MIAMI -- New ballpark or not, Mike Lowell is staying with the Florida Marlins.
Lowell, who could have opted out of his contract because the team hasn't secured new stadium financing, agreed Friday to a revised deal in which the
team guarantees the remaining $25.5 million on his contract.
"I was hopeful that things would work out because I want to be a Florida Marlin," said Lowell, a three-time All-Star third baseman who hit .293 with
27 home runs and 85 RBIs last season. "It would have been hard for me to play under a one-year deal. ... It's only logical I'd want to play for the
Lowell, who went to high school in South Florida, signed a $32 million, four-year contract before last season with a provision that if no new ballpark
deal was in place by Monday, the final two seasons would be voided and Lowell would have a player option for 2005.
Florida has made strides toward securing that new ballpark, a 38,000-seat, retractable-roof facility that would be built adjacent to downtown Miami's
Orange Bowl at an estimated cost of $420 million. And like the team, Lowell is confident that a deal is on the way.
"I do think a stadium is going to happen," said the 30-year-old Lowell, who has hit .277 and set franchise records with 135 home runs and 520 RBIs
during his six seasons with the Marlins.
Some gaps still exist in the stadium funding plan, and the team wants state government to commit $30 million for the project. The team has committed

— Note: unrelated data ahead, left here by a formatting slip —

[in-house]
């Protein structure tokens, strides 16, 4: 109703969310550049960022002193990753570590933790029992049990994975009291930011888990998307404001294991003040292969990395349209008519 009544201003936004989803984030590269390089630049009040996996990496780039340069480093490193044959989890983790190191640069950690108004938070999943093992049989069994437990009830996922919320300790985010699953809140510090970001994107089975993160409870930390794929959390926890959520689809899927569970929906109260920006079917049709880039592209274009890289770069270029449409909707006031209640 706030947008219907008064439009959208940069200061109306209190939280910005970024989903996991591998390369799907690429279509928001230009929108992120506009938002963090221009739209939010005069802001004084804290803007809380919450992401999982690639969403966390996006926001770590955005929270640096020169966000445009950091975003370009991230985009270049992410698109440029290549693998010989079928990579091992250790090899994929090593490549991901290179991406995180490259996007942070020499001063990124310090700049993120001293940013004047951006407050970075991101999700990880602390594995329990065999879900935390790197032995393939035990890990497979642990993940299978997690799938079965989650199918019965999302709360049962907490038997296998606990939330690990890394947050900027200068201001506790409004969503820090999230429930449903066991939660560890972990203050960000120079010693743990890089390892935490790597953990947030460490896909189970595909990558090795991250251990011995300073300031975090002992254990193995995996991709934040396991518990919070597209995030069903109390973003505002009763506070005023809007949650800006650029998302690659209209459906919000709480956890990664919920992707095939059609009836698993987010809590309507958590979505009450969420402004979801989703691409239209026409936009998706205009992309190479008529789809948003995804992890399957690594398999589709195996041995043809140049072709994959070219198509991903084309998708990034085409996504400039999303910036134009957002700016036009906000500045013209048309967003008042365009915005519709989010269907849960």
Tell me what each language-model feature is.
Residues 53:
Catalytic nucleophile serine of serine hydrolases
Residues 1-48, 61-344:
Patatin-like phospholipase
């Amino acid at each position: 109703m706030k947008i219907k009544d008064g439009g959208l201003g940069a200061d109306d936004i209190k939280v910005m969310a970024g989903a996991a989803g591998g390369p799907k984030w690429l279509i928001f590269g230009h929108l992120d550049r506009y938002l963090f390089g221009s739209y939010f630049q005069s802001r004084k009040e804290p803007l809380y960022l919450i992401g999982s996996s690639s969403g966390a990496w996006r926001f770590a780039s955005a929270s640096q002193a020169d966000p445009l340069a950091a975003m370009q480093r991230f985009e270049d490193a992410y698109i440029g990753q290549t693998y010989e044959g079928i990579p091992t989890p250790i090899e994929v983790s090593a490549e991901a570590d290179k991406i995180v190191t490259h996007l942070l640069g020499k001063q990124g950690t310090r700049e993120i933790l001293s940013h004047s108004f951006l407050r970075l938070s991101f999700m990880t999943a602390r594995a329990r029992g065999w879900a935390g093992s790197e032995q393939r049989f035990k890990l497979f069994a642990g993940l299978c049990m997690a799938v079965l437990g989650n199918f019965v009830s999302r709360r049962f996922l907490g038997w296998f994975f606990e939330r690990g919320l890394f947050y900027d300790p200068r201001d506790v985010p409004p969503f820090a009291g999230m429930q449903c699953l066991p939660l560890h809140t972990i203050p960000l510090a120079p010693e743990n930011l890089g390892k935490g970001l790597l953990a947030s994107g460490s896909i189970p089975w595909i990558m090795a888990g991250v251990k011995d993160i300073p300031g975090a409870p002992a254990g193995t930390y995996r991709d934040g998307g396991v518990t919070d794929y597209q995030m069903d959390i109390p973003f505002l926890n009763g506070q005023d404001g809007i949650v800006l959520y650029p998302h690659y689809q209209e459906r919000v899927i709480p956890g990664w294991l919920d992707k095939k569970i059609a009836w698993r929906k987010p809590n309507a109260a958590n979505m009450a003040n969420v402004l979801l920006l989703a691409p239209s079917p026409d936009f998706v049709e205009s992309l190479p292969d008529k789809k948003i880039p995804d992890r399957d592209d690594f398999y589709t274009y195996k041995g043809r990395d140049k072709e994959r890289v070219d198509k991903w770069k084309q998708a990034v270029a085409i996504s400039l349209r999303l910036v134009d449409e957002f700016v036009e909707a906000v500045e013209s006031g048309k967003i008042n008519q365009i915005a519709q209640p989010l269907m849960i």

$192 million toward construction, with city and county governments pledging at least $148 million more.
Team president David Samson said he hopes the city, county and club can agree on the parameters of a financing plan by the end of November -- which
would leave the sales tax rebate from the state as, he said, "the last piece of the puzzle."
"We're still pushing hard for a stadium to open as early as possible," said Samson, who's aiming for a facility to be completed by 2007 or 2008.
The Marlins lost an estimated $20 million in 2003, despite winning the World Series for the second time in seven seasons. Their lease with Pro Player
Stadium and former Marlins owner Wayne Huizenga does not allow the team any revenues from luxury box rentals or parking, and only a small piece of
Without those streams of cash, the Marlins say they cannot survive.
"I think this is a positive message from the Marlins' standpoint," Lowell said.
With Lowell's deal set, now general manager Larry Beinfest can turn his attention toward the free agent market. Florida has 12 players eligible for
free agency, most notably a pair of All-Star pitchers: closer Armando Benitez (whose 47 saves tied for the most in the National League) and Carl
Pavano (18-8, 3.00).
"We will contact some of our high profile free agents, but this was the No. 1 thing to work on right away," Beinfest said.
Benitez made $3.5 million last season and may command more than the Marlins want to pay a closer. Lowell sounded optimistic that Pavano, who set a
franchise record for wins in 2004, could be back.
"He's going to be fielding some offers from some pretty good teams," Lowell said. "That comes with the territory. ... But I know he prefers playing